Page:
This has been a bad few weeks for me, for a number of reasons: personal, political. I’m managing to get my work done, but my psychic reserves are low. And so I find myself reading the so-called “strange stories” of Robert Aickman.
Robert Aickman was a British conservationist and author who primarily wrote from the 1950s through the 1970s. I hadn’t heard of him until I stumbled on one of his stories called “The Hospice.” It was included in an anthology of horror stories, something my husband Laurence had given me for Christmas. My partner understands that I love horror the way other people love shrimp fried rice or cupcakes with butter frosting: it is my comfort food. And from the first paragraph of “The Hospice,” I was hooked. Yet in this story, the traditional pyrotechnics are low-keyed to nonexistent. Yes, it’s a stunningly odd tale, a heightened nightmare that begins with a motorist lost on his way home who stops by an inn. But the horror is implied and sidelong at best and the details are downright mundane: a heavy turkey dinner, a bad cat scratch, and a too-hot bedroom with windows that won’t open figure prominently in the creeping dread. What’s more, the ending is inconclusive in a way that belies genre convention altogether.
Yet I found myself reading the story again and again and thinking about it for days. So of course, I had to read more.
There aren’t that many Aickman stories; he wrote only four dozen in all. Many of them involve the usual themes — ghosts, zombies, and vampires — but in a way that is distinctly understated. There’s no blood, gore, fangs, rotting shrouds, or even much on-page violence. Any apparitions serve more as manifestations of deeper dreads, a terror of the pagan, the female, and the carnal, than as supernatural beings intent on bodily harm. Naturally, these creatures are frightening in large part because they’re attractive; their danger is inextricably bound to their profound appeal. A middle-aged widower becomes obsessed with a beautiful young woman who may be a dryad, perhaps even a form of lichen. “The Same Dog” contains one of the loveliest depictions of childhood friendship I’ve ever read; but that connection is ultimately undone by a terrifying animal that develops a strange rapport with the girl. A young man is initiated by a carnival performer who allows strangers to stab her with swords. An older man is terrified when his young wife joins in a seaside town’s ritual of summoning the dead by the ringing of bells. And so on.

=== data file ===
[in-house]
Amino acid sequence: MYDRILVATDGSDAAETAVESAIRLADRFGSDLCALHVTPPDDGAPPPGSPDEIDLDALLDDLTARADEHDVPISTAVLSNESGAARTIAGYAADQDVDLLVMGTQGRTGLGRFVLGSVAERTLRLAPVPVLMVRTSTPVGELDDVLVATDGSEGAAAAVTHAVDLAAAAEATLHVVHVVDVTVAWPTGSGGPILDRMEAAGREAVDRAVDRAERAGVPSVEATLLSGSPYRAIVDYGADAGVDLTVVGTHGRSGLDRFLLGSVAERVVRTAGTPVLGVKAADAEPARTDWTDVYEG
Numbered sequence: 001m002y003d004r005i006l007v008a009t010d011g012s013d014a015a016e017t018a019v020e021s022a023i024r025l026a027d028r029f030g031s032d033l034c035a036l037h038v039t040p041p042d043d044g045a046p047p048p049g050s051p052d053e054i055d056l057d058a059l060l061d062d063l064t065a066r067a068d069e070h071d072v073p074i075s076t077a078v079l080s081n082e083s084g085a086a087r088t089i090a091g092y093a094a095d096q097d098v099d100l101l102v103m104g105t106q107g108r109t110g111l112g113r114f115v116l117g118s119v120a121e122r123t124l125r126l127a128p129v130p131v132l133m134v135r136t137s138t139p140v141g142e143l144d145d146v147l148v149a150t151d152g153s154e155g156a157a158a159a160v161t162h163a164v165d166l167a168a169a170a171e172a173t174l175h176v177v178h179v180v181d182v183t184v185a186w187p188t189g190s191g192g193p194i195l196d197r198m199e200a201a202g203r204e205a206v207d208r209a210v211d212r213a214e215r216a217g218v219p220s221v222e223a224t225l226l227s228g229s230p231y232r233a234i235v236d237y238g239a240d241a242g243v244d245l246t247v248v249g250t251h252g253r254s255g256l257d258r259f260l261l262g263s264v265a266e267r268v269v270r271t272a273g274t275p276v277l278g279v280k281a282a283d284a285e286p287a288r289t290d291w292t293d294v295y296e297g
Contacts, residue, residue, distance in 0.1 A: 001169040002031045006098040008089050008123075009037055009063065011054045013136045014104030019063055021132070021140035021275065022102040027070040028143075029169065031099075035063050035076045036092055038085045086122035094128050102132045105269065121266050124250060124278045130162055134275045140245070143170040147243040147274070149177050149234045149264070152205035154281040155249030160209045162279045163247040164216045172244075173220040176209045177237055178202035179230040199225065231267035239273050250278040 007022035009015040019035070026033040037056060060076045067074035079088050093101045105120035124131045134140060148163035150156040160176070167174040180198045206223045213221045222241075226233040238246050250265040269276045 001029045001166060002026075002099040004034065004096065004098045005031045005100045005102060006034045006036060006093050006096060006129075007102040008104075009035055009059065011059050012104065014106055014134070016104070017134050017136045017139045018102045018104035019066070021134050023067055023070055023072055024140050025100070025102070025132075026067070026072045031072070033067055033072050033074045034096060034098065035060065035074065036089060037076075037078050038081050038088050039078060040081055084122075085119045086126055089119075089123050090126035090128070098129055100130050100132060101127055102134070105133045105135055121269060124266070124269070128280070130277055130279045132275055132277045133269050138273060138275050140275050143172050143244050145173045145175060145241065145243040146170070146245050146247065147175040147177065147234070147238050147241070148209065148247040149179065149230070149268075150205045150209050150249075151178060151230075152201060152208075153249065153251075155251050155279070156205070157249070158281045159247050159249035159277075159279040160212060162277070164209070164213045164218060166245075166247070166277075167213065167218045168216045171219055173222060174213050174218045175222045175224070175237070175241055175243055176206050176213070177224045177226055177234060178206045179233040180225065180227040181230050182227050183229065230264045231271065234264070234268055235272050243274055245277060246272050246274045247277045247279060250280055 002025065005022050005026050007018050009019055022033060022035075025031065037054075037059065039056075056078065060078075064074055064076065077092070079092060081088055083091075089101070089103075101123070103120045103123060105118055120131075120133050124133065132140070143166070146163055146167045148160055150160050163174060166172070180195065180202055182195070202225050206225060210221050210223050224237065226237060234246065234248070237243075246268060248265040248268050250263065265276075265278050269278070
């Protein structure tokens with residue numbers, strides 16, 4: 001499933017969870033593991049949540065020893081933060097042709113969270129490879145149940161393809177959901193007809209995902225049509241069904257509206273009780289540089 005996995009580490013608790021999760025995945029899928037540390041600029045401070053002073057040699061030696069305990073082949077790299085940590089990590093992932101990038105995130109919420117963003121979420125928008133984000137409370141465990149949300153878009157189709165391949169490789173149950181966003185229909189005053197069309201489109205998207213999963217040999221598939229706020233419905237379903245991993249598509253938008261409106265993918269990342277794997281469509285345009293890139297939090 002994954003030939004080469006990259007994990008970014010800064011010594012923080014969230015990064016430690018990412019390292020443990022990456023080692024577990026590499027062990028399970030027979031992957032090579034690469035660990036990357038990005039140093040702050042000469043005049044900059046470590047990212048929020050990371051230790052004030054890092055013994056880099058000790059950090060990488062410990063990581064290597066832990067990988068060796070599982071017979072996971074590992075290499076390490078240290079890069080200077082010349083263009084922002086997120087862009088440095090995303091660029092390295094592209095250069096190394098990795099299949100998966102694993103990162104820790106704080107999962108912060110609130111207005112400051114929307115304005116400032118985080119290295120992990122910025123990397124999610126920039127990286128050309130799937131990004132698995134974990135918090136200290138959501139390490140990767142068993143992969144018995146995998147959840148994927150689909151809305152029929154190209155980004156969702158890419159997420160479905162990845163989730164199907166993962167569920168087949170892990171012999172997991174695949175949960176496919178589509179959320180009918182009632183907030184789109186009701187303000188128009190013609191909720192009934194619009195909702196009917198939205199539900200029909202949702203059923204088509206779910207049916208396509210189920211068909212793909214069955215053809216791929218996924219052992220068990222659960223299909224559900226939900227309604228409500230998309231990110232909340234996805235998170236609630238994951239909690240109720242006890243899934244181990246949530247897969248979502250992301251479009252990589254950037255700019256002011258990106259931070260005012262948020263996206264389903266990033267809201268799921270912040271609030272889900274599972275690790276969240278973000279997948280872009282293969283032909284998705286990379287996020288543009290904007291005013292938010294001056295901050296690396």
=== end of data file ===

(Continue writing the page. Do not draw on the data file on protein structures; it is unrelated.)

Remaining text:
It takes no great imagination to discern Aickman’s underlying obsessions and fears; each story is a not-especially-subtle Rorschach ink blot, a mat of used tea leaves that indicates pretty clearly who he was. Cursory online snooping backs this up: Aickman seems to have been a somewhat disagreeable snob who felt entitled to the trappings of old-British-white-guy privilege: a romanticized England of its imperial past, a beautiful and nubile young girlfriend, literary fame. Socially speaking, I don’t think I would have liked Aickman if I had ever met him; and I’m pretty sure he wouldn’t have had much use for me, either.
And yet I find myself reading all of his stories, even the ones that don’t succeed, and relishing the singular world he created half a century ago. Good horror fiction gives the reader a seat in the theatre of the psyche and that is what he has done, again and again. His best stories are thoughtful, honest, and deeply personal, rooted in fears, anxieties, and desires that I may not share, yet which I recognize and respect.
The connection between writer and reader is one of the most profound there is. Through our words, it is possible for us to reach across personality, time, gender, politics, nation. After all, you get to know someone in a weirdly intimate way when you see what frightens them; and I am grateful to be spending time with Robert Aickman. He has been excellent company.